April 19, 2023 -BBC NEWS –Soaring prices for cheese, milk and bread meant the cost of living rose more than expected last month.
Inflation, which measures the rate of price rises, fell to 10.1% in the year to March from 10.4% in February.
It was widely expected to fall below 10%, but food prices continued to soar, rising at their fastest rate in 45 years.
Falling inflation doesn’t mean prices are falling, but just that the rate of price rises is slowing.
Grant Fitzner, chief economist for the Office for National Statistics, which provides the figures, said globally food prices were falling, but that had not yet led to price cuts.
“There’s been some strong upward movement in food prices and you would expect to see that reflected in supermarkets but we’re not there yet,” he told BBC Radio 4’s Today Programme.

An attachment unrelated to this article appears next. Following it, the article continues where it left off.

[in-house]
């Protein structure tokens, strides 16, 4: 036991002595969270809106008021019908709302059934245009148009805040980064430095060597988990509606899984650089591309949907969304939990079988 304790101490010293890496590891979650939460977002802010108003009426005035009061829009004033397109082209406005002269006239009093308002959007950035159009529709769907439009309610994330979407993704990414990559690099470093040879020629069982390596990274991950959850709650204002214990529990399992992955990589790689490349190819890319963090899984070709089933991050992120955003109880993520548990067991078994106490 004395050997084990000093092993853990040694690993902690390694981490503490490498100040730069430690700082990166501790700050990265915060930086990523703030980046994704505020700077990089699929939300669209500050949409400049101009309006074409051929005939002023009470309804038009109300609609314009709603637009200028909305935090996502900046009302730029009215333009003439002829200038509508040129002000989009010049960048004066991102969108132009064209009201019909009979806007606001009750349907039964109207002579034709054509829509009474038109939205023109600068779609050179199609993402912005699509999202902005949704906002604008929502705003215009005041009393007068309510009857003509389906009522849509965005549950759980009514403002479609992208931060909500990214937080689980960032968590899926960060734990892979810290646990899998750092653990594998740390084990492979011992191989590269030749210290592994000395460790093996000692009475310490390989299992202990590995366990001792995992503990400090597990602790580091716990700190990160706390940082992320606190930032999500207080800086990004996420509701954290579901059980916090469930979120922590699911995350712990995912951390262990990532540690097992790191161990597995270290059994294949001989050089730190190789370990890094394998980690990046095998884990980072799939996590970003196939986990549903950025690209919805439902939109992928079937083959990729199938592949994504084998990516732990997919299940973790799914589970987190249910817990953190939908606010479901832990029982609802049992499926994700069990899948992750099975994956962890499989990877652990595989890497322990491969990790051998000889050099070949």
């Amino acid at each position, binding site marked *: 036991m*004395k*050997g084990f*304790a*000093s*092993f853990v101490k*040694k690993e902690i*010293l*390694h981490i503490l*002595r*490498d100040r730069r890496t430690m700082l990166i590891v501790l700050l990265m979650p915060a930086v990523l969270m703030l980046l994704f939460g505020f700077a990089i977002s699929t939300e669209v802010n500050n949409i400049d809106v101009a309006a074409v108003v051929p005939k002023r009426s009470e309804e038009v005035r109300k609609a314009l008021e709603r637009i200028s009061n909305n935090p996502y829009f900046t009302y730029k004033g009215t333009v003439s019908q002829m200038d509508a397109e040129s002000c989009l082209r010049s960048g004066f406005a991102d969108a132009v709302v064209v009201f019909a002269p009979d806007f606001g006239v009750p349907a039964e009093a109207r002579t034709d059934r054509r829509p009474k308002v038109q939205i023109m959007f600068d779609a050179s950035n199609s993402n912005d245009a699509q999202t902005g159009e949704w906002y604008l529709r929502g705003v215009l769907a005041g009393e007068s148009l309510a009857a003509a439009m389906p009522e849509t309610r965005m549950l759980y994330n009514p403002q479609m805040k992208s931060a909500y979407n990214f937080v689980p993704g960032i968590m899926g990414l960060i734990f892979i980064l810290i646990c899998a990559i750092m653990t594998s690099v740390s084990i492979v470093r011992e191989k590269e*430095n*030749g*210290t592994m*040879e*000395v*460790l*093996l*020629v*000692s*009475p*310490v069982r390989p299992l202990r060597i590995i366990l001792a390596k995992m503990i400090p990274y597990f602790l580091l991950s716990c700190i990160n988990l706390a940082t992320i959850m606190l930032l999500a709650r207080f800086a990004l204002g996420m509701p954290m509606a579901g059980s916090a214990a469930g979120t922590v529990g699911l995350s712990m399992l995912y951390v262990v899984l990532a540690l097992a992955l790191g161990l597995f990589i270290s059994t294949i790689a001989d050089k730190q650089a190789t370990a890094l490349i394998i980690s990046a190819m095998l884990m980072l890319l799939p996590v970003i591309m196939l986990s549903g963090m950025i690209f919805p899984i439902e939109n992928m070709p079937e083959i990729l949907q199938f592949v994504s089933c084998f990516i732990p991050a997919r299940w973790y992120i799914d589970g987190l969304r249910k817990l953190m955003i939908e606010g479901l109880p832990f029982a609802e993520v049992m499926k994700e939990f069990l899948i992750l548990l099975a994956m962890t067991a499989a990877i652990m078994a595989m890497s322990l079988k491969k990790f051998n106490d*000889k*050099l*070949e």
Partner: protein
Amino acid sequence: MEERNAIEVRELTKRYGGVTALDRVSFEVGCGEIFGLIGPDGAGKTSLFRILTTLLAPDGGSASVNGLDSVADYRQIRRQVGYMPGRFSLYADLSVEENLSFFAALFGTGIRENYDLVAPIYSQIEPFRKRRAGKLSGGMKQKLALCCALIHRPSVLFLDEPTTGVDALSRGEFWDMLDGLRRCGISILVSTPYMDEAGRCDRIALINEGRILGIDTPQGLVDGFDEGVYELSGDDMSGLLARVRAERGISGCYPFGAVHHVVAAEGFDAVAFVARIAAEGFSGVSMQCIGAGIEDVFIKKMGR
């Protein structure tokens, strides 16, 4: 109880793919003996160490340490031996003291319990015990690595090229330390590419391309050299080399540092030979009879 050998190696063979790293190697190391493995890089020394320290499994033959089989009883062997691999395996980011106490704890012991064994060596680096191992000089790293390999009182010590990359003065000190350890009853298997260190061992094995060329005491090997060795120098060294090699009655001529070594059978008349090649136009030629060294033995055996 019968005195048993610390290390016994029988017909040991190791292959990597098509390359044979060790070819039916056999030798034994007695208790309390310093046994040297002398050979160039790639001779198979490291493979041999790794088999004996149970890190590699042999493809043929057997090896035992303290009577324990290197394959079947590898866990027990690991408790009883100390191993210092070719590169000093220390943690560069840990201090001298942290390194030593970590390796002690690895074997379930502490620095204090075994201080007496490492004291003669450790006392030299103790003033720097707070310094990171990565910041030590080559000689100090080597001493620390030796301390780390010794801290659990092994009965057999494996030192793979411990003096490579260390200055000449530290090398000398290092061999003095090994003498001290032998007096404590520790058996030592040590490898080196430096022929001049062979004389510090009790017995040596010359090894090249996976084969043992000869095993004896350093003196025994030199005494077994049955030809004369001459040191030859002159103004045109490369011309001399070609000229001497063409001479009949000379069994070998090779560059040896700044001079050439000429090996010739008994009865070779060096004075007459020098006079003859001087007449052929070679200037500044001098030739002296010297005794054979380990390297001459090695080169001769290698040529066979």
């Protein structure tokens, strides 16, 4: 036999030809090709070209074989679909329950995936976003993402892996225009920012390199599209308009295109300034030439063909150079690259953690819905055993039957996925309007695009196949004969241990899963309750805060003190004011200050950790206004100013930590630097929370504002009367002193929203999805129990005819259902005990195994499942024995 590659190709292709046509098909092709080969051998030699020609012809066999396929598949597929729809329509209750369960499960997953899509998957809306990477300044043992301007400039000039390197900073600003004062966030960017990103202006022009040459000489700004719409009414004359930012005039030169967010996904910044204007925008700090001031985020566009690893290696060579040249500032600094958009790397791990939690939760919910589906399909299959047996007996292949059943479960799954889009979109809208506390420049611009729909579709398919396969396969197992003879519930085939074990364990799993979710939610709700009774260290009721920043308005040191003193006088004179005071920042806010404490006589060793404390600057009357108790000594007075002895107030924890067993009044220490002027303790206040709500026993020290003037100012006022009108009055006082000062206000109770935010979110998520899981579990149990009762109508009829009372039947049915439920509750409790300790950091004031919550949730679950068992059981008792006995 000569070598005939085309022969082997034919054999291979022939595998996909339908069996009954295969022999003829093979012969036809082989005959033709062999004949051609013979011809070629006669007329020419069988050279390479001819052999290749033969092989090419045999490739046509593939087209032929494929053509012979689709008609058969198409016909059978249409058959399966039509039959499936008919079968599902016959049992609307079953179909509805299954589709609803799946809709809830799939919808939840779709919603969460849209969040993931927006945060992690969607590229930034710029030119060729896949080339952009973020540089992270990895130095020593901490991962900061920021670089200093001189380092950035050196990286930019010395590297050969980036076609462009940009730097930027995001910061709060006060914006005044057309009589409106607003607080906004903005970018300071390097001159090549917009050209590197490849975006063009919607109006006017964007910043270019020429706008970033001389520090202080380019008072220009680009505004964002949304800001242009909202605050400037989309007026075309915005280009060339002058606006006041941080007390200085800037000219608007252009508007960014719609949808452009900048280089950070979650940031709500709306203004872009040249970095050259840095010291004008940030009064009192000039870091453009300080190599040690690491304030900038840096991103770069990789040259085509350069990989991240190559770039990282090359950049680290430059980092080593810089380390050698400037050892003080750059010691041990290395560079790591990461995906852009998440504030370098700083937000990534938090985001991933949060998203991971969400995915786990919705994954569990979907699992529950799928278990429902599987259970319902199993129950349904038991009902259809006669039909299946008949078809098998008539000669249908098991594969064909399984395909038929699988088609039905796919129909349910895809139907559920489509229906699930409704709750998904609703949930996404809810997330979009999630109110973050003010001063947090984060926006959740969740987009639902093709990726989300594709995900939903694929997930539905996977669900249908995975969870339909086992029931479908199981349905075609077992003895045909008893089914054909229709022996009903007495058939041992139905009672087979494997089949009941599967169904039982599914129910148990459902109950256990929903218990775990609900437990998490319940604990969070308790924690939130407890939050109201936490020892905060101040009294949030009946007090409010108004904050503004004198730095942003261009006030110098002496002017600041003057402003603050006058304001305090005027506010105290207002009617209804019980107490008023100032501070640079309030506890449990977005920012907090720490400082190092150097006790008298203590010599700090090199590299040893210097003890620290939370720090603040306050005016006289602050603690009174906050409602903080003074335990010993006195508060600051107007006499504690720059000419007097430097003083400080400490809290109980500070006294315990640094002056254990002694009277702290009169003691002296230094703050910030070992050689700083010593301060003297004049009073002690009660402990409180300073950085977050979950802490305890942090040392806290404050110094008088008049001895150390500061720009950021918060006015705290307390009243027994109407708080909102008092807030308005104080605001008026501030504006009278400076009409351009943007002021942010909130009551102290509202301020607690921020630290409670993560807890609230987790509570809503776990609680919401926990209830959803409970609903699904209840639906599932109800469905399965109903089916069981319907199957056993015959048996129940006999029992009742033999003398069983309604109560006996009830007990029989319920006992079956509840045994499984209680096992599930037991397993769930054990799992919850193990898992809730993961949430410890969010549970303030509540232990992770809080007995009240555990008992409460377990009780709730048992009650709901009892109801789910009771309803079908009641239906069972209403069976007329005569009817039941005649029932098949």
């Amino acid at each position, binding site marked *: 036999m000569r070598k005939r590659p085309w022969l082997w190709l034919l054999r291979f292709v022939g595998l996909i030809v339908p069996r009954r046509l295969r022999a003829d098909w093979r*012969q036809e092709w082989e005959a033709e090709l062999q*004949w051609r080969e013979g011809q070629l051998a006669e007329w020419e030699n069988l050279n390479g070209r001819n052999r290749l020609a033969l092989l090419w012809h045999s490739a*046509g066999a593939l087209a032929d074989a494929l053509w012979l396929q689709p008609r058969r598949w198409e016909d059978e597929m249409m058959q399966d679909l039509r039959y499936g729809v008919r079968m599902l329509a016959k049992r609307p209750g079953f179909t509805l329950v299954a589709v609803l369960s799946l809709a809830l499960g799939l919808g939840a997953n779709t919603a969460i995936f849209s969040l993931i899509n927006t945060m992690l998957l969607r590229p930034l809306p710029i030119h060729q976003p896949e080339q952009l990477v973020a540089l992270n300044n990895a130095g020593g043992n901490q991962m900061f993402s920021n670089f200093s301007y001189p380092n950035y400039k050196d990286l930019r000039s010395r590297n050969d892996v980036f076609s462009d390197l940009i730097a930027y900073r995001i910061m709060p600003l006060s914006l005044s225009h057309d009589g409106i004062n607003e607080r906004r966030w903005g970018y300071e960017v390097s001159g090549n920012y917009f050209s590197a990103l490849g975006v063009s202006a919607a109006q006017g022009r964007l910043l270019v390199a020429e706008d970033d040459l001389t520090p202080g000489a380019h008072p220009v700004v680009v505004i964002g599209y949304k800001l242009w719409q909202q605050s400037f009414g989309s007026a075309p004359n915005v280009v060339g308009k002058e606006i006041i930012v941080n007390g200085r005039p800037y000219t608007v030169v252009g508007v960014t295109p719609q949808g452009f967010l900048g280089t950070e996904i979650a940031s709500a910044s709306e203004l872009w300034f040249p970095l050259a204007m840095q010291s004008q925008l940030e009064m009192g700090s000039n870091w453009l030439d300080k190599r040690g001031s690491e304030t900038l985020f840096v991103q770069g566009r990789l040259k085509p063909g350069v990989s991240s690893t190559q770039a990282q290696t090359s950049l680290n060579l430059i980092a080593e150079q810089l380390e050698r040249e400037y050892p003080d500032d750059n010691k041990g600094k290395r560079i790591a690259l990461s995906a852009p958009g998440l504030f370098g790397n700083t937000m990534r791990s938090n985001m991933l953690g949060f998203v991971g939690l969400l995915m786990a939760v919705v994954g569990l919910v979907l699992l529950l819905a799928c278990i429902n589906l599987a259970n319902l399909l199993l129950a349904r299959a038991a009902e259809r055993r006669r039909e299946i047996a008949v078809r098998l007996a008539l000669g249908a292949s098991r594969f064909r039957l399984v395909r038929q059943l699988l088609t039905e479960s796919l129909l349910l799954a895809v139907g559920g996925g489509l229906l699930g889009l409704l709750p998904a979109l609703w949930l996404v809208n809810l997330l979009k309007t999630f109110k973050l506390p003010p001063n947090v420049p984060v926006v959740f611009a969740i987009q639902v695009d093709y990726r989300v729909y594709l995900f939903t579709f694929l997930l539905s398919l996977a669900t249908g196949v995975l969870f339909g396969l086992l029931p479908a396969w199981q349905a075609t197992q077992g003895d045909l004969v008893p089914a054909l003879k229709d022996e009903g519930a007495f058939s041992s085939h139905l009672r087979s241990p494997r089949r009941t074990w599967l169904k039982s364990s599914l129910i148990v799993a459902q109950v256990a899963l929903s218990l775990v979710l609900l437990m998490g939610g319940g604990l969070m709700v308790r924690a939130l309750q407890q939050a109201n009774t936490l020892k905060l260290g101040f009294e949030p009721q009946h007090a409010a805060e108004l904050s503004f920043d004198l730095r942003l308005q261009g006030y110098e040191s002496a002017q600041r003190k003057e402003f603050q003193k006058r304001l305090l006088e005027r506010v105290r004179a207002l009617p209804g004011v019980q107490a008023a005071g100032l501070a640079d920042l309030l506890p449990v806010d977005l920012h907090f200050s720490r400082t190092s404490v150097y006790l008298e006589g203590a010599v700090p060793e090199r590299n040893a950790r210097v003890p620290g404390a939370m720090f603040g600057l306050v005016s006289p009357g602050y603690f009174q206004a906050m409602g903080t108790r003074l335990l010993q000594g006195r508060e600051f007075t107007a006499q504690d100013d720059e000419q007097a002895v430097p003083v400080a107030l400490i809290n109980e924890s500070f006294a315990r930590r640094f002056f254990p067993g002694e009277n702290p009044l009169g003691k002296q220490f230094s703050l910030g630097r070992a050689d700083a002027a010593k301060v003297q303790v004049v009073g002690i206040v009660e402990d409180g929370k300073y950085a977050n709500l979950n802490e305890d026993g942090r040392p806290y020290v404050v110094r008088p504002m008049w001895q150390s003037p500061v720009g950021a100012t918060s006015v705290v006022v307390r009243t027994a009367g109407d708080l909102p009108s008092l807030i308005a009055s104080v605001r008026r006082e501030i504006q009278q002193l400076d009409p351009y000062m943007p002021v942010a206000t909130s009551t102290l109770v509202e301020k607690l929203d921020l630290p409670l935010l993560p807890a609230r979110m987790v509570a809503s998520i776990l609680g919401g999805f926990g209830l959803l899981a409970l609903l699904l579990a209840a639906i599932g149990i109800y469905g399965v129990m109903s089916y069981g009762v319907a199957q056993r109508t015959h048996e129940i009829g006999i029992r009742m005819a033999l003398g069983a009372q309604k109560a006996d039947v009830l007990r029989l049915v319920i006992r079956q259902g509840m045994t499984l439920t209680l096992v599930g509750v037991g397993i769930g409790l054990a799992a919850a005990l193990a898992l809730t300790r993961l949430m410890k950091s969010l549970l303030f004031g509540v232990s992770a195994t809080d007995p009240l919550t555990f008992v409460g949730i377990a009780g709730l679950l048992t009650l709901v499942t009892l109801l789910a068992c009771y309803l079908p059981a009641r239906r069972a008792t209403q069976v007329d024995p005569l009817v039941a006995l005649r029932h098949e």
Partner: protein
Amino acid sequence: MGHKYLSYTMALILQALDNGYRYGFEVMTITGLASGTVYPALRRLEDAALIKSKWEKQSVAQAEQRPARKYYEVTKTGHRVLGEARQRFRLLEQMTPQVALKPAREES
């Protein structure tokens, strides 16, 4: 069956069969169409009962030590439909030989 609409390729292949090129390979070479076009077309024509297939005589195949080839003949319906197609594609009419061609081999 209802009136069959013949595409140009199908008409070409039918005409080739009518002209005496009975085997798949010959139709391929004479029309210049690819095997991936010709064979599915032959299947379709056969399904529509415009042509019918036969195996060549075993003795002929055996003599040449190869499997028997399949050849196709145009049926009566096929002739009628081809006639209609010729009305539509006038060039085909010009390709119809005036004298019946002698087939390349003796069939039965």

When asked whether we might see double digit inflation sustained at least for another month with food prices continuing as they are, he said: “It is certainly within the realm of possibility but we don’t forecast this.”
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Chancellor Jeremy Hunt said he was still confident that inflation would fall sharply by the end of the year.
He added: “We have a plan and if we’re going to reduce that pressure on families, it’s absolutely essential that we stick to that plan, and we see it through so that we halve inflation this year as the Prime Minister has promised.”
But Rachel Reeves, Labour’s shadow chancellor, said: “The reality is that under the Tories our economy is weaker, prices are out of control and never have people paid so much to get so little in return.”
Inflation in the UK remains higher than in other Western countries, including the US, Germany, France and Italy. On Wednesday, new figures showed eurozone inflation eased to 6.9% last month, from 8.5%.
Factors behind the UK’s high inflation include its exposure to rises in wholesale gas prices, its reliance on imports of certain foods, and worker shortages and wage rises.